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Sunny and hot and full of dust and deep into East Oakland - on McArthur and 80th street, lives an a long, 100 foot sloped dirt lot.  A small raised bed with vegetables, several murals, an old house that stands on top of the hill are the beginnings of Poor Magazine's incredible Homefulness project that you can read about below:

  • A site for F.A.M.I.L.Y.(Family Access to Multi-cultural Intergenerational Learning with our Youth) which is a revolutionary on-site child care and education project for houseless children and families which incorporates a social justice and arts , multi-cultural and multi-lingual curriculum for families and children 2-102
  • A site for POOR Magazine, The Race, Poverty, and Media Justice Institute, Community Newsroom and all of POOR’s indigenous community arts programming
  • A site for Uncle Al & Mama Dee’s Cafe; a multi-generational community arts and social justice eating and performance space

Half way up the hill, gathered in a circle were a group of youth scholars, planting justice landscapers and poor magazine folks.  Poor Magazine contacted Planting Justice to install a low-income/free garden build for their homefulness project which will soon host revolutionary on-site child care and education project for houseless children and families.  The day started with poetry and prayers.

http://vimeo.com/71042871

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We gathered inside the Poor Magazine headquarters to watch a film about the work Poor Magazine has been doing to fight for homefulness in East Oakland.  We learned about the dangers of GMO's and how unlabeled genetically modified foods are ubiquitous in low-income communities corner stores and groceries.  With a raised bed garden you can eat at least 50% of your diet straight from your own backyard, cutting out multinational corporations that are poising our food system and saving money.  Five dollars of seeds can grow $500 worth of produce!

http://vimeo.com/71042875

Julius from the Planting Justice team introduced himself:

http://vimeo.com/71042876

Gavin talked about the importance of doing Social Justice and Food Justice Work

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The day began with a lesson on power drills.

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Youth scholars took turns practicing driving screws into the redwood 1x1x8's we use to build our raised beds.  With the help of Julius and Julio, everyone seemed to get the hang of  it pretty quickly and scholars started piecing together the four raised beds that would soon provide food for the community.  We like to build raised beds in Oakland for annual vegetables because the soil is often contaminated and starting with a good mix of compost and soil jumpstarts the food growing process for first time gardeners.  The elevated height also makes harvesting a bit easier for elders in the community.

Anytime we install raised beds on soil we sheet mulch.  Sheet mulching is an amazing permaculture trick that uses recycled cardboard to block and kill existing weeds.  The cardboard slowly decomposes over 3-6 months and provides  carbon for the soil, litter for beneficial insects and moisture retention that aids young plants.  Typically we will lay two layers of brown (not colored or glossy) cardboard on the ground beneath and around our raised beds, wet the cardboard thoroughly, cover it with 4 inches of soil and then lay 6 inches of mulch on top.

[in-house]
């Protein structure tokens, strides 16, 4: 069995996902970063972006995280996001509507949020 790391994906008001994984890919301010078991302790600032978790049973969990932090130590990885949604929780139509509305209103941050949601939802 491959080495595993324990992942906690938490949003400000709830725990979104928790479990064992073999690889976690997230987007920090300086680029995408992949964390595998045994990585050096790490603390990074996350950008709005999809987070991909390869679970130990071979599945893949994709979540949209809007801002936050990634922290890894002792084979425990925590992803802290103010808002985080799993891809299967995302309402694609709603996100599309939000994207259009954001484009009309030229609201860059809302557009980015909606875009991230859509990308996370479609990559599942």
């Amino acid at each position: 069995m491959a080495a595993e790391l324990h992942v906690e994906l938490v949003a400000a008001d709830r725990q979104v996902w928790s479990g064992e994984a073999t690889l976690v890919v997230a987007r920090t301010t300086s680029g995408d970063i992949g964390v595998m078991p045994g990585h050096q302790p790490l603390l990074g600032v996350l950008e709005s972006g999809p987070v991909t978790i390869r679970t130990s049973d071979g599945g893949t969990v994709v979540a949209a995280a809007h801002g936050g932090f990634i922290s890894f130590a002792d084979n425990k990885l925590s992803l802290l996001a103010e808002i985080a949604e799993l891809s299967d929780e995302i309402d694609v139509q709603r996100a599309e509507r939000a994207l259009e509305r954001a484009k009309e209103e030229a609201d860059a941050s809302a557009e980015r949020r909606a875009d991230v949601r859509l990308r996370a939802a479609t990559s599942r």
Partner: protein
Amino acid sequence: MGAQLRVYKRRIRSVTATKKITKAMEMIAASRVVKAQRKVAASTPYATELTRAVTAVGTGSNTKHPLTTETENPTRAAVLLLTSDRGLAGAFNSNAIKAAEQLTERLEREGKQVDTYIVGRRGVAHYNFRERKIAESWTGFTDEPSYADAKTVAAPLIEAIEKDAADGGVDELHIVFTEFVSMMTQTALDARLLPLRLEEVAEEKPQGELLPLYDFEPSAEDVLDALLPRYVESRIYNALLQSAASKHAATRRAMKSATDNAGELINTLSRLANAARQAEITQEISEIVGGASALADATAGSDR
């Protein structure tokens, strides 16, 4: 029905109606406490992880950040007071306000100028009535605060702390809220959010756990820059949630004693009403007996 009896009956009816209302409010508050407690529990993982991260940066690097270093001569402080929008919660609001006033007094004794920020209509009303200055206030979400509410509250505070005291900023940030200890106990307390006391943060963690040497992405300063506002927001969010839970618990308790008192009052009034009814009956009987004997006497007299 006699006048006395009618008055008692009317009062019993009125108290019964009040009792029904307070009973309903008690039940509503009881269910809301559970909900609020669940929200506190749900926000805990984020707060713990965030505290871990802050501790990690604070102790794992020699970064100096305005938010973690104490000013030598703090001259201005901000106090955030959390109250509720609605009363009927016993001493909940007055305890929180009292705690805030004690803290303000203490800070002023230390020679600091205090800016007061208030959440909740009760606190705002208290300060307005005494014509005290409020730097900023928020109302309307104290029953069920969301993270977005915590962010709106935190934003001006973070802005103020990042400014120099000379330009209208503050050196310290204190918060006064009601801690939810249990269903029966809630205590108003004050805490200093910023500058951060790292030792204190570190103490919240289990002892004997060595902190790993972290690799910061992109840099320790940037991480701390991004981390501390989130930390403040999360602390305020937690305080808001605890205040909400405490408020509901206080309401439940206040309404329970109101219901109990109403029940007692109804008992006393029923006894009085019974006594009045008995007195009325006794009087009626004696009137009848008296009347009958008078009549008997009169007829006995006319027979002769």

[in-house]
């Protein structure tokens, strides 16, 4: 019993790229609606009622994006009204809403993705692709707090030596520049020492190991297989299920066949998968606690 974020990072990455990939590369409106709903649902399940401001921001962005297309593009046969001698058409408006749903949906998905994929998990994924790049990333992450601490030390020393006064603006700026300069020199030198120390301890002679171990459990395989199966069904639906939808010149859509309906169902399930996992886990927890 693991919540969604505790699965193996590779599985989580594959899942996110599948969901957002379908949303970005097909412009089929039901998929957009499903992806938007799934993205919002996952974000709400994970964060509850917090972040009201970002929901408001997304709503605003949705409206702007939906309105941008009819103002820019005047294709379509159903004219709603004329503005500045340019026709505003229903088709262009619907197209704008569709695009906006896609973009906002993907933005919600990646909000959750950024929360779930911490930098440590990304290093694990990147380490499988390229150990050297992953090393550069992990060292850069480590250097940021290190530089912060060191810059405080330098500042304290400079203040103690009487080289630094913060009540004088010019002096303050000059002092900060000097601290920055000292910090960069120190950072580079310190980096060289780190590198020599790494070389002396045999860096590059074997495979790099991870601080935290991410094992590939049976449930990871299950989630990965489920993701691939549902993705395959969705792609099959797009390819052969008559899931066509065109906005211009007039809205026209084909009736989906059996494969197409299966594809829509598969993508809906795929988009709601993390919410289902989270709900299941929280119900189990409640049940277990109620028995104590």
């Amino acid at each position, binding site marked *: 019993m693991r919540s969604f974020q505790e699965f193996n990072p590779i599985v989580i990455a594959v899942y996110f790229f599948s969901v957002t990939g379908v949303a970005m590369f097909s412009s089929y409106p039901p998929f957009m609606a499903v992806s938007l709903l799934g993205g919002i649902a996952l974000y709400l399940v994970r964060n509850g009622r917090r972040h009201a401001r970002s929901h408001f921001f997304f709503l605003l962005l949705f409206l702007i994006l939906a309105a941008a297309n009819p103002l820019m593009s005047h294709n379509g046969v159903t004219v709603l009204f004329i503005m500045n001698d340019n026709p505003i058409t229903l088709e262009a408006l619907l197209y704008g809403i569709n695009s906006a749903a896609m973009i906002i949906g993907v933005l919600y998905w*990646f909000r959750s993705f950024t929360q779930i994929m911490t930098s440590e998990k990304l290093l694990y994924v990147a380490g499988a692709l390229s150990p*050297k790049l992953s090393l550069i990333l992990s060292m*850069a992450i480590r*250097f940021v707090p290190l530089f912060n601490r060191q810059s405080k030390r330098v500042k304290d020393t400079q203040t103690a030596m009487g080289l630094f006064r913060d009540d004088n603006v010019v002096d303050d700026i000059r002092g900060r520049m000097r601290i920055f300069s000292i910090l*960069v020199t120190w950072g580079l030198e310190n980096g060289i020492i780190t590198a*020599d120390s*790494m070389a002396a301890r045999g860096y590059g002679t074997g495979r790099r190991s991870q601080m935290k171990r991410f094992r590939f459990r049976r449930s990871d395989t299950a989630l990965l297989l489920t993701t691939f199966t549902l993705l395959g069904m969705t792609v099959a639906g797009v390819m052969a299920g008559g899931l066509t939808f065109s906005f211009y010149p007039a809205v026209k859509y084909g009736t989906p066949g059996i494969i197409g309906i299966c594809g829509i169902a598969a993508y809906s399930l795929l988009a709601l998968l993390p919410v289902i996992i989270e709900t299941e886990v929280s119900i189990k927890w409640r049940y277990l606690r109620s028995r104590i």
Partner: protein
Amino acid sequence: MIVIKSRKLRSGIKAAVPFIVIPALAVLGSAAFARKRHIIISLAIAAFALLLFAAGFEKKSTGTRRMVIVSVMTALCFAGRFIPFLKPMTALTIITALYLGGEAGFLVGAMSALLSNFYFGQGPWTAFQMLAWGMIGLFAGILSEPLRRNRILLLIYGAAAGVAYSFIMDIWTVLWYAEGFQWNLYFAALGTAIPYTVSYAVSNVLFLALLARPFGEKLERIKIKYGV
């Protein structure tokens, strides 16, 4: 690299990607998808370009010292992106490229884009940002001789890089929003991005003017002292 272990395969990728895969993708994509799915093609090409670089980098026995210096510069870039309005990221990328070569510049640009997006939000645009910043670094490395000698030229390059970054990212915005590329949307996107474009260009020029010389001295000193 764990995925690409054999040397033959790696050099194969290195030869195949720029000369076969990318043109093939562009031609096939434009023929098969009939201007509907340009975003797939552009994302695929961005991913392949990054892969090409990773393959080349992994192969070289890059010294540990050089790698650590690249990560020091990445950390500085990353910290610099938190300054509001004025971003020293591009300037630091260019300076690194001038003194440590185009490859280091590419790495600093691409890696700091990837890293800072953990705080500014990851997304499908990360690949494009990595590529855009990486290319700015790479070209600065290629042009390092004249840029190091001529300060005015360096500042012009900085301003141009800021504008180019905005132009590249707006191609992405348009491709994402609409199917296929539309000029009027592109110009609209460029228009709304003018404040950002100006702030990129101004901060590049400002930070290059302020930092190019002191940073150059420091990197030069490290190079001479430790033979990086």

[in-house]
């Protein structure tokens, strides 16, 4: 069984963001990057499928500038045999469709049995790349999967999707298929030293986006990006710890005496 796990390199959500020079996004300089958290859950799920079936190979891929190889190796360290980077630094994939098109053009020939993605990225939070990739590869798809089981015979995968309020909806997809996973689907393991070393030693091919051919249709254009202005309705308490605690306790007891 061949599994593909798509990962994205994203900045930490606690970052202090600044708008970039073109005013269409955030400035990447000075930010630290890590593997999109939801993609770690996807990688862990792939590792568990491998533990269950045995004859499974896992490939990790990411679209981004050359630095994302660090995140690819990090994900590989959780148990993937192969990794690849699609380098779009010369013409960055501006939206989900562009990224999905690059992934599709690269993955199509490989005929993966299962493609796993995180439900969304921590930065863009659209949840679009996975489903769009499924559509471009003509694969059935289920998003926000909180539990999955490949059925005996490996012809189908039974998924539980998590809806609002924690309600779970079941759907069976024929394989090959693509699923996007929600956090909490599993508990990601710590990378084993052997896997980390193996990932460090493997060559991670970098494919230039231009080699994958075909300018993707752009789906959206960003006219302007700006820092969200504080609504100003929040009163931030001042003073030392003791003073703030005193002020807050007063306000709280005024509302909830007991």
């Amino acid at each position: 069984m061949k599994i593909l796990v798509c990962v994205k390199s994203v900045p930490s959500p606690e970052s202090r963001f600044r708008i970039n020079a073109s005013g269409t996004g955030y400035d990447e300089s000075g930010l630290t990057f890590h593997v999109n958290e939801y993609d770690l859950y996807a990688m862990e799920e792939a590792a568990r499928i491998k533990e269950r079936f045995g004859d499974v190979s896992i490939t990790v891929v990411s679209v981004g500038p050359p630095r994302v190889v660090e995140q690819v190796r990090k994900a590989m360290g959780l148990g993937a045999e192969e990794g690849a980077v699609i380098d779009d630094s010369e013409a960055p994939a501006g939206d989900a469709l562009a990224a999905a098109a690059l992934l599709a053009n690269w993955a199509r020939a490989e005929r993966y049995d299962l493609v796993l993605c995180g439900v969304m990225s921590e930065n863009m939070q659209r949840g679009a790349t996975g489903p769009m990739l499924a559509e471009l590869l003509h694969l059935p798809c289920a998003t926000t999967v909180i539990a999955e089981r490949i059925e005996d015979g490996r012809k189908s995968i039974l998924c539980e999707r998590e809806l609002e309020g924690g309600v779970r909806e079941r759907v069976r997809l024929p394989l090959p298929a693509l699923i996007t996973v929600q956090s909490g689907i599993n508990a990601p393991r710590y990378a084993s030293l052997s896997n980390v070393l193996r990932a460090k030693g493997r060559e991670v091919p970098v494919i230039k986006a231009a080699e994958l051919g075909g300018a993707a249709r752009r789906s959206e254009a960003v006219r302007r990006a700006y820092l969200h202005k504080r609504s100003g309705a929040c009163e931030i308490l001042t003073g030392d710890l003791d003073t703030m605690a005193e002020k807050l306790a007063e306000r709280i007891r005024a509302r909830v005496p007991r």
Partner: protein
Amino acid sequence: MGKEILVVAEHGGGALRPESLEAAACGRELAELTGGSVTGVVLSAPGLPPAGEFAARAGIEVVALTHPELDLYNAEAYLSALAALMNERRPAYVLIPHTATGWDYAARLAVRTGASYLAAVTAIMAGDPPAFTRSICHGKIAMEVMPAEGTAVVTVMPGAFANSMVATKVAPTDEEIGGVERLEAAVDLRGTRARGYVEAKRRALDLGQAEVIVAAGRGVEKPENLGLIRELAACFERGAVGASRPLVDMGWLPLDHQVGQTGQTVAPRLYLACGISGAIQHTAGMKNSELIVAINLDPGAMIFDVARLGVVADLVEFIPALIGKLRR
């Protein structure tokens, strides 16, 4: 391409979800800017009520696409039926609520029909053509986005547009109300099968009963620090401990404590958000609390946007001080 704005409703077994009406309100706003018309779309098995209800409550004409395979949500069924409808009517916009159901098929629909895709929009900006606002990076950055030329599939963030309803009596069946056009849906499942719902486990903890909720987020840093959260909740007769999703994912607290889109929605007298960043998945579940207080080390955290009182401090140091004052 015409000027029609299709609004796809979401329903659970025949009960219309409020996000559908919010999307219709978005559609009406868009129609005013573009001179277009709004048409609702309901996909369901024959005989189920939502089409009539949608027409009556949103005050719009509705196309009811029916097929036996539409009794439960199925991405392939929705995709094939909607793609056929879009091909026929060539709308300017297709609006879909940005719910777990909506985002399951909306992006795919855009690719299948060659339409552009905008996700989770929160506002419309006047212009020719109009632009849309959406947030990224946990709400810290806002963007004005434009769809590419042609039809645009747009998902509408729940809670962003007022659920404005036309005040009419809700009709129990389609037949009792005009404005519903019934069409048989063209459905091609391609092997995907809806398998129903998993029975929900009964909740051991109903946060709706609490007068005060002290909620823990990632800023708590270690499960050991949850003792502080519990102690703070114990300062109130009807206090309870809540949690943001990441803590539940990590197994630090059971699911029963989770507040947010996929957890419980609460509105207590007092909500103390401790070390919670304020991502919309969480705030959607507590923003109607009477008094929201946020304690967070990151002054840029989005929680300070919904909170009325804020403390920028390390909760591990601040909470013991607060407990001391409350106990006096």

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I was so impressed with the energy and focus that the poor magazine youth scholars brought to the garden build.   Scholars shoveled wheel barrow after wheel barrow full of dirt to be delivered to the raised beds, while others documented the day with sketch pads and video cameras. 

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Every Thursday afternoon the Poor Magazine folks cook a hot meal for the community - anyone walking down McArthur street is invited to come grab a hot dog and some salad.  During the lunch hour, scholars and elders shared about what they had learned so far about GMO foods, gentrification in the community and the new garden.

http://vimeo.com/71044958

http://vimeo.com/71044959

Nsoah gave an awesome presentation about the power of herbal medicine and gifted the new garden with a Moringa Tree and Ashitaba - a variety of Angelica used as food and medicine. edible stems and leaves, grows well in our area.

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Scholars spent the rest of the day learning how to plant onions, trellis beans, build an herb spiral, separate seedlings, loosen root balls and design a productive annual vegetable polyculture.

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Days after we left, the news was announced that George Zimmerman was acquitted for shooting Tryvon Martin.  Poor Magazine dedicated the new raised beds to Trayvon Martin and all the other fallen heroes.

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Working with Poor Magazine was incredibly inspiring for the PJ crew - we hope to collaborate more in the future and aid them with the important work they are doing to combat the violence committed by the industrial food system in poor neighborhoods of color

 

 

 

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